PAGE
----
April Cub Scout Roundtable Issue
Volume 7, Issue 9
Webelos Outdoorsman & Handyman
Tiger Big Ideas 16 & 17
York Adams Area
The weather is getting to that “perfect point” where no one
wants to be inside. Have the
boys plan and make their own chuck wagon dinners.
From the little research I’ve done, seems that just about any kind
of outdoor cooking qualified as chuck wagon cooking—the better the food,
the happier the cowpoke, though! This
event could occupy a whole den meeting—even an extra-long meeting.
Indian Nation Council
is a good way for den leaders to introduce the theme for the next month.
Depending on the theme, this could be done with a true story from
nature or an incident from the life of a famous person, a myth or an Indian
legend. A story can set the
scene for a special outing or trip. It
can meet a special need such as a behavior problem, allowing you to get the
point across without actually pointing out one particular boy or incident.
One of the best reasons for telling stories is because they are fun
and boys enjoy them. Here are a
few tips to help you become a good storyteller:
TELL the story, DON'T READ IT if possible.
Try to imagine yourself in the story so you can really feel
Decide on a catchy line for a beginning to create interest.
Practice telling the story.
Don't make the story too long. Having it short and to the
point will keep the boys interest.
Keep eye contact while telling your story.
Speak clearly. Use
simple language. Don't be
afraid to use different voices for the characters or to make sounds.
When you've finished, its time for you to start listening.
Discuss the story with the boys. A
few simple questions will help get them going.
Cub Scout World
Scouts and Webelos Scouts who have participated in either a den or pack
conservation project and have completed certain requirements can earn the
World Conservation Award. This
is an international award, which also can be earned by Boy Scouts and
Explorers who complete different requirements. The patch is a temporary
patch and is worn centered on the right shirt pocket of the uniform.
Cub Scouts do the
Wolf Conservation achievement and complete all the projects in two of the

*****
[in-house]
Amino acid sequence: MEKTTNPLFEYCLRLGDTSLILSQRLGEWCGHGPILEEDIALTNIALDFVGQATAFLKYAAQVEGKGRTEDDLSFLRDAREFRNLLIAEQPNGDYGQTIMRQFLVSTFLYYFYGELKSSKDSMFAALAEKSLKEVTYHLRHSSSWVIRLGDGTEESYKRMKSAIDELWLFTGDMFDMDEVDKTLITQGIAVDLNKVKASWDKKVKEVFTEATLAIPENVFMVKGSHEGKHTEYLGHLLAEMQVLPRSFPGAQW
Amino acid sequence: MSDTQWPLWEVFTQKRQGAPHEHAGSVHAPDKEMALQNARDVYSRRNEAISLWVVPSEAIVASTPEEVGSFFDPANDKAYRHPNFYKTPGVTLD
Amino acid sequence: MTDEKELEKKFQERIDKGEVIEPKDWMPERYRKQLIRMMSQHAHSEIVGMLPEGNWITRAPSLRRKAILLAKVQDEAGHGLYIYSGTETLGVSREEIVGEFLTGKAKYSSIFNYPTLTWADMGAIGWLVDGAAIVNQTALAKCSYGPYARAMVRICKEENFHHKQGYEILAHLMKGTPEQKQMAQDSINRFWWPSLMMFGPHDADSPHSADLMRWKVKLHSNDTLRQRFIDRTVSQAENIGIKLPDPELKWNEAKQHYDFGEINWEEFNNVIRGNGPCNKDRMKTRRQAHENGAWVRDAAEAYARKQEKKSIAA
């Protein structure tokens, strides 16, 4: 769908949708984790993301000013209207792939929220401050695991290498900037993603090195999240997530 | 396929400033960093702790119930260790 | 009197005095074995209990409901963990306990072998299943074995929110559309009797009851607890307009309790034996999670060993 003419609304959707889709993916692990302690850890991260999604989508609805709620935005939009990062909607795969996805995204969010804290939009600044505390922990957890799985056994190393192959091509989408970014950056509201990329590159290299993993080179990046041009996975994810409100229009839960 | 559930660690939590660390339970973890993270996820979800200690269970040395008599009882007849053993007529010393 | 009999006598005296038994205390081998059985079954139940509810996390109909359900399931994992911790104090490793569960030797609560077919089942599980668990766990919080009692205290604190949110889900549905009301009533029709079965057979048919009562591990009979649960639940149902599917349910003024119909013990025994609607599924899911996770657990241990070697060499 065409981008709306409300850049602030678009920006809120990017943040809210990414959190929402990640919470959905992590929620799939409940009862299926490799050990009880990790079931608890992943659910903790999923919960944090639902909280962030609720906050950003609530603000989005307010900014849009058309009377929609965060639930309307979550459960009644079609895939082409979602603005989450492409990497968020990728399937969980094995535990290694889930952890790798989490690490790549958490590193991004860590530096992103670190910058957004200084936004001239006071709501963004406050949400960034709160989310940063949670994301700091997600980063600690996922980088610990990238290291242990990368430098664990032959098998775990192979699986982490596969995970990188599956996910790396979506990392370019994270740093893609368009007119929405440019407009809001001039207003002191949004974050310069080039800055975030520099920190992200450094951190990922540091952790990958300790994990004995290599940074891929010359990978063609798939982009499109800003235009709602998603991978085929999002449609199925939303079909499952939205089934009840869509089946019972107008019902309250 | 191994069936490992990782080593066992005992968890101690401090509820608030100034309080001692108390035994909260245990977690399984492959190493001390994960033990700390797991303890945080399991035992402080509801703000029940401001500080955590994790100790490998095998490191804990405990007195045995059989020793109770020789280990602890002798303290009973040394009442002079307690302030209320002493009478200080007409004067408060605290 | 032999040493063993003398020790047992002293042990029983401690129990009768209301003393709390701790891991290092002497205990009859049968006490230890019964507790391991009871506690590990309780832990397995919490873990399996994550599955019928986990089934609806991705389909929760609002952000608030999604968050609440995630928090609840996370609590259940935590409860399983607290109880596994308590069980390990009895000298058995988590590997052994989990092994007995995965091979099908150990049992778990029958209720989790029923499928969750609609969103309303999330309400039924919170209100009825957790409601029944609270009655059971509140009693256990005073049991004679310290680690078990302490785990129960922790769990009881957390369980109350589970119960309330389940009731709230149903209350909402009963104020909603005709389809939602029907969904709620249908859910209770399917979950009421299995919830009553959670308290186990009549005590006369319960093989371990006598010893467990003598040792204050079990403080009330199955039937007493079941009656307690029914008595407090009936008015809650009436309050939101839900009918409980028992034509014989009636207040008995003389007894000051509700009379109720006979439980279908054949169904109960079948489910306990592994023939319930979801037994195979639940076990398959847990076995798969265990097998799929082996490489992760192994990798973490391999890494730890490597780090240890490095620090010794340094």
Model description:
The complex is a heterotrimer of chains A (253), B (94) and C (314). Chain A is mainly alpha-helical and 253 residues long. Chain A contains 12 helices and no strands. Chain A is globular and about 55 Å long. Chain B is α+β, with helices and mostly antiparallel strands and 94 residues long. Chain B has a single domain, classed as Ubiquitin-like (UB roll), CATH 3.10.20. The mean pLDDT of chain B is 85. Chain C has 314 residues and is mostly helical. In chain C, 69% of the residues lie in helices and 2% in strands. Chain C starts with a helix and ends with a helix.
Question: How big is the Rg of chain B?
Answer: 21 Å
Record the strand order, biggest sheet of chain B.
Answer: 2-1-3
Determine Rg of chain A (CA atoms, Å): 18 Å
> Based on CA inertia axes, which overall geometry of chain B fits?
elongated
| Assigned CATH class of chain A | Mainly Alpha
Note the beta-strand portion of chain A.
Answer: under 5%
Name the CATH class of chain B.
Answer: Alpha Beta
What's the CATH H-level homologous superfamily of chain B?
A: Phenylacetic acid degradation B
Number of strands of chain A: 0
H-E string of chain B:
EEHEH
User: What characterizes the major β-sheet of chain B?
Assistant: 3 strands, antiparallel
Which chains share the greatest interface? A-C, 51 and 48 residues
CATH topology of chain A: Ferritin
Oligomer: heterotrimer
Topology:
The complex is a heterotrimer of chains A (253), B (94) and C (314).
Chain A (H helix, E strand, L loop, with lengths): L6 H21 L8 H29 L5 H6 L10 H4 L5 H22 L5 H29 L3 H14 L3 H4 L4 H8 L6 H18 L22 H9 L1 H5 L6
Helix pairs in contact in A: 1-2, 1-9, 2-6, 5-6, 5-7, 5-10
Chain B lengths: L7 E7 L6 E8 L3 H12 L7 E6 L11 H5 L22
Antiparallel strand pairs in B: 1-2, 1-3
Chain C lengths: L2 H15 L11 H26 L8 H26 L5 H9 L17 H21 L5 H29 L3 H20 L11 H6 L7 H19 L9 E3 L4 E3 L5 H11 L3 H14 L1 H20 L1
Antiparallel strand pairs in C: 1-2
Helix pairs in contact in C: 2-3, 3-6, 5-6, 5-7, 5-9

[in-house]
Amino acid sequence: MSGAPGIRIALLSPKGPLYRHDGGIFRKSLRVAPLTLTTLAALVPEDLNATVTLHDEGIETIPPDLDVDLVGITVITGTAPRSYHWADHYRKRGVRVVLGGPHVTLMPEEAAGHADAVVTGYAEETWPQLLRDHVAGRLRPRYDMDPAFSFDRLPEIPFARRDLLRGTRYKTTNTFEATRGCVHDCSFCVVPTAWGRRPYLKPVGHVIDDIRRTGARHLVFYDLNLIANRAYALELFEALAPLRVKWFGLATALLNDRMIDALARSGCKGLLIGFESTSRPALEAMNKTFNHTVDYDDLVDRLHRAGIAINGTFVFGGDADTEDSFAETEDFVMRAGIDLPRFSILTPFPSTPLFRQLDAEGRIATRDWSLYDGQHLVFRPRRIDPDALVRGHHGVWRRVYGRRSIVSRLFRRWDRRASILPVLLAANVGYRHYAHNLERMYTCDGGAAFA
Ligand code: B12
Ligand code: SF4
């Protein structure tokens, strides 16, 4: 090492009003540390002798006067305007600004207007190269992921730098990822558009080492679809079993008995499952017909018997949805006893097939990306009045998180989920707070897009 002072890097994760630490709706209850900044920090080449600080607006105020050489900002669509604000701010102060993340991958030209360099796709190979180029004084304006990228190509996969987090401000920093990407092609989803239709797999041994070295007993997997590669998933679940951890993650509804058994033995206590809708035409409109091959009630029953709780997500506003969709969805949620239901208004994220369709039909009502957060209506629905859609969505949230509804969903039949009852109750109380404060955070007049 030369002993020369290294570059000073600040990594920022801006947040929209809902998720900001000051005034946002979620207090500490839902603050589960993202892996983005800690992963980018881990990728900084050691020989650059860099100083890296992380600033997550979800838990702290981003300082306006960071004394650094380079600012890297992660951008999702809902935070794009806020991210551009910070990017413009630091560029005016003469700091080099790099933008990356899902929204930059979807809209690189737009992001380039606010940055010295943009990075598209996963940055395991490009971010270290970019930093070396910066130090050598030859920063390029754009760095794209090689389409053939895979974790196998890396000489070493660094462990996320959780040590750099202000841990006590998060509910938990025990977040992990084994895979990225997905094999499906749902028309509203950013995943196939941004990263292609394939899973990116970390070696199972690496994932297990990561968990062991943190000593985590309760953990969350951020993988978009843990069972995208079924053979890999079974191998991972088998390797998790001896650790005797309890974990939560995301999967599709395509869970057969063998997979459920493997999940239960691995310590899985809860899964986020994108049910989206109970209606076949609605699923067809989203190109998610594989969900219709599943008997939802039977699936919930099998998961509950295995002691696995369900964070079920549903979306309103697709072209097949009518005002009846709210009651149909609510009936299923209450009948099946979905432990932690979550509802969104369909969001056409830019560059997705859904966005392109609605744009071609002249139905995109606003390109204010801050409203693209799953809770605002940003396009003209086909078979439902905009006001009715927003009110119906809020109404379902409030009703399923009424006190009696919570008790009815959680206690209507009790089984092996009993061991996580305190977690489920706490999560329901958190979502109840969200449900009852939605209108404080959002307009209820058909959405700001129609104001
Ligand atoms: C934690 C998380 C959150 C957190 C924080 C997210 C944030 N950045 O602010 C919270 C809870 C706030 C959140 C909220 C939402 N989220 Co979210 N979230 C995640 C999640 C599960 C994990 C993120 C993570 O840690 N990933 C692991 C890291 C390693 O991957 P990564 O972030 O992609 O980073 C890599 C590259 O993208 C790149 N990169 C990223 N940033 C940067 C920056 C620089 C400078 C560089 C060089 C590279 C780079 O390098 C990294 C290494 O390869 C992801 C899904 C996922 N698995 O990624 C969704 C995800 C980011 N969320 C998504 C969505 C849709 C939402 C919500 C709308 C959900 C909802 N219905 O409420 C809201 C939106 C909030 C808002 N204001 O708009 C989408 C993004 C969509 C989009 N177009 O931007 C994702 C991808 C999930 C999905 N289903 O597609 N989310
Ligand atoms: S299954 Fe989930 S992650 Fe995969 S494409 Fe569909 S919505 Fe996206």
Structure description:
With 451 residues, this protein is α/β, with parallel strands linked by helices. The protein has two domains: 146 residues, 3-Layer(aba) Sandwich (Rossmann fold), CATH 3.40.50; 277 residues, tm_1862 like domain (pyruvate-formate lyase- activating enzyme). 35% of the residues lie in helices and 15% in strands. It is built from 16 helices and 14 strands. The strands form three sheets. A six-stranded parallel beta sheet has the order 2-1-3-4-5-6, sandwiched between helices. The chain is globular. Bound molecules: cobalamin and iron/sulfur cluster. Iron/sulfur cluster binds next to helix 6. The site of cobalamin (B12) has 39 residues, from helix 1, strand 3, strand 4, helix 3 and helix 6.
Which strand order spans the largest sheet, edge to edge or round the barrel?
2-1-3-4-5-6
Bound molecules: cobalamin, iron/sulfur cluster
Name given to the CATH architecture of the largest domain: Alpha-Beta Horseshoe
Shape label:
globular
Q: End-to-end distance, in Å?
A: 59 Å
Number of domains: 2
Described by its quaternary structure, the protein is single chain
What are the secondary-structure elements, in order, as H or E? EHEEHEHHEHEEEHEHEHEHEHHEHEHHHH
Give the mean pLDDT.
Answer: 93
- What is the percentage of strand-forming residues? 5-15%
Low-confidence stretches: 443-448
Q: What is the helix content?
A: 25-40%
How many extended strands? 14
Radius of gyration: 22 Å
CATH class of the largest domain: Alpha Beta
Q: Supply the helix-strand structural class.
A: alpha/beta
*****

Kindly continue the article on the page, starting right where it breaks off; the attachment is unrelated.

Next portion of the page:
following electives: No. 13 (Birds), No. 15 (Grow Something), No. 19
(Fishing); and take part in a den or pack conservation project.
Cub Scouts do the
Bear achievement No. 5 (Sharing Your World With Wildlife) and complete all
projects in the following electives: No.
2 (Weather), elective (Nature Crafts) or No. 15 (Water and Soil
Conservation), and take part in a den or pack conservation project.
Scouts earn the
Forester, Naturalist, and Outdoorsman activity badges in addition to taking
part in a den or pack conservation project.
may be picked up at the Scout Service Center.
know that water is important but I've never seen it written down like this
before. 75% of Americans are
chronically dehydrated. (Likely applies to half world pop.)
In 37% of
Americans, the thirst mechanism is so weak that it is often mistaken for
dehydration will slow down one's metabolism as much as 3%.
of water shuts down midnight hunger pangs for almost 100% of the dieters
studied in a U-Washington study.
water, the #1 trigger of daytime fatigue.
research indicates that 8-10 glasses of water a day could significantly ease
back and joint pain for up to 80% of sufferers.
A mere 2%
drop in body water can trigger fuzzy short-term memory, trouble with basic
math, and difficulty focusing on the computer screen or on a printed
5 glasses of water daily decreases the risk of colon cancer by 45%, plus it
can slash the risk of breast cancer by 79%, and one is 50% less likely to
develop bladder cancer.
Are you drinking the
amount of water you should every day?
Explore a Tree
Circle 10 Council
boys, one at a time, and ask them to explore a tree. Ask them to think about how it smells, feels, etc. Is the
bark rough or smooth? Are the
leaves damp or dry? While one
boy is doing this, the other observe by sight, things about the tree such as
color, height, etc. After all
have explored, let them compare the results.
Help them identify the tree.
Compass Tie Slide
Heart of America
Hot Glue Gun
glue suede cord all around compass. Leave
both ends hanging from the compass. Cut
ends into a point to make stringing pony beads easier.
Slide both ends into one pony bead and push it all the way to the
compass. String one pony bead onto each end.
Tie knot to secure. Trim.
glue a 4" piece of pipe cleaner on to back of compass to twist into a
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